Starting off with ‘My Father’s Morning Walk’, he talks of his father who instills the values of equality, perseverance, patience in young Abdul. The stories ‘The Boat’, ‘A Working Boy At Eight’ talk of his first brush with engineering, his inquisitiveness and his efforts to contribute to his household despite being just eight years of age. The underlying tone in all these chapters is of how as children, we pick up lessons not just from school but from the simple people who surround us.
‘Three Great Hearts Resolve a Problem’ is one of my favorites and probably has the biggest lesson that our country can pick up. We are shown that despite the communal riots that tore apart the harmony of civilians in other parts of the country, the three religious heads of Rameshwaram managed to upkeep the peace of the town. The head priest of the temple, the head of the mosque (Dr. Kalam’s father) and the priest of the Christian parish not only maintained their friendship despite the difference in their faiths but they also inspired the people from their respective faiths to live harmoniously. We can see from the anecdote how deep an impact the three men had on Dr. Kalam which resonates highly in his personality.
‘My Mother And My Sister’, tells us about the two women who molded Dr.Kalam. While simple sacrifices that mothers make for their children go a long way in shaping the future of a child, the love of siblings, especially a dear sister’s selflessness, greatly contributes a person’s success. Dr. Kalam’s tender memories of his mother and sister will definitely touch the reader’s heart. ‘My First Memoir: Ahmed Jalallauddin’ is a eulogy to Dr. Kalam’s first mentor Ahmed Jallauddin, a person who set him on his path of science. Dr. Kalam expresses his gratitude for the man who most probably played the pivotal role in nurturing him.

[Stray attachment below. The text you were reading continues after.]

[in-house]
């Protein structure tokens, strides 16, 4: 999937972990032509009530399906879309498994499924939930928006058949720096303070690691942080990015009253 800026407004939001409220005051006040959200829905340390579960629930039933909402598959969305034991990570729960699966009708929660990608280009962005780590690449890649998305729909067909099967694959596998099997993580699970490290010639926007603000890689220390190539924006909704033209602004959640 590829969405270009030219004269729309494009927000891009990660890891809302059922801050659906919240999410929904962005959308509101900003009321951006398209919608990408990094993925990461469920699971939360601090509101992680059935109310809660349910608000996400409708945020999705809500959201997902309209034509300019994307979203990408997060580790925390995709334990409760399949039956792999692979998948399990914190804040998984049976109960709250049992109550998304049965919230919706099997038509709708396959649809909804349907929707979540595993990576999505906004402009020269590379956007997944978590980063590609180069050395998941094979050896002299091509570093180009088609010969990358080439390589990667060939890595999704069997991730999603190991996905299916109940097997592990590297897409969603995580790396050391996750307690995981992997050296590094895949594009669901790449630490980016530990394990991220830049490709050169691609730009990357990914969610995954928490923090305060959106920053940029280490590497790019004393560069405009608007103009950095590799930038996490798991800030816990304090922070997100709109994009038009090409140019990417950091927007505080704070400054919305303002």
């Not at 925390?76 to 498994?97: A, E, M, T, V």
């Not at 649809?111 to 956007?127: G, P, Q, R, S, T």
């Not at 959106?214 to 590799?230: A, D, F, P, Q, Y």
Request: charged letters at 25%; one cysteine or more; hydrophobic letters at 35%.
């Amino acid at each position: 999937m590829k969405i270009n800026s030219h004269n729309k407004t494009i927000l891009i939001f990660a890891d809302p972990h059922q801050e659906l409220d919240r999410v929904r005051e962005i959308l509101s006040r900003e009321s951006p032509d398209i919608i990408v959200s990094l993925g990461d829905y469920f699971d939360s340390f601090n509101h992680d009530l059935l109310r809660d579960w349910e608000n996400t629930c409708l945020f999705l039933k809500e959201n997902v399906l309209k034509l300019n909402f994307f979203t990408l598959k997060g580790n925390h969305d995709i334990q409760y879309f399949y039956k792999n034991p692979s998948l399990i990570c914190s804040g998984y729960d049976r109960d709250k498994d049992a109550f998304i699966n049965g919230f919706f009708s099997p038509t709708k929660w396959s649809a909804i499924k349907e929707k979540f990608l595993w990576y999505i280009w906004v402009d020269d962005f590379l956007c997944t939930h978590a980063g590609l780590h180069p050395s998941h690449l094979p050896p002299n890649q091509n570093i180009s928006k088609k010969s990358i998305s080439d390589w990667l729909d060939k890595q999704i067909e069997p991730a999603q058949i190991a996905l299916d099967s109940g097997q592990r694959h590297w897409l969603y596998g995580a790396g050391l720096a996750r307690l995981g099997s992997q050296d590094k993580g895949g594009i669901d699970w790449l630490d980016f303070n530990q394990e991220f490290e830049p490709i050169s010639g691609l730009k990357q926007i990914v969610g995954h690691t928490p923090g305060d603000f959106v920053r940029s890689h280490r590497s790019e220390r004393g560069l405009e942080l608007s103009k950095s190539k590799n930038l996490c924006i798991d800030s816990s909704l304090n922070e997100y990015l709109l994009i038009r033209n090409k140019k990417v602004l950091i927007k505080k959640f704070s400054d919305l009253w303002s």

While ‘When I Failed’ talks of his apparent failures but illustrates to the reader how failure eventually carves out a stepping stone to success; in ‘My Favorite Books’ the reader becomes aware of Dr. Kalam’s love for literature and its impact on his thinking. ‘A Brush with Fire’ manages to convey Dr. Kalam’s gratitude to his friend and colleague who put Dr. Kalam’s life above his own. ‘My Mentor: Dr. Vikram Sarabhai’ is a tribute to another visionary who carved a niche not only in Indian scientific circles but in mentoring budding scientists like Dr. Kalam as well. ‘A Life in Science’ exemplifies his love for science and the key position it holds in his life.
All of Kalam’s stories have one thing in common – like all good stories, they make the reader pause, take a step back, and reassess. They make us think about life, success, failure, and the people behind the scenes who make us who we are. The book is merely not a collection of his experiences but a befitting tribute to all those people who have molded him.
A must-read for everyone who adores the Missile Man, or is looking for a lift in his life. While this might not be classic Self-Help the likes of Robin Sharma/Deepak Chopra, these honest words would go further as an impetus.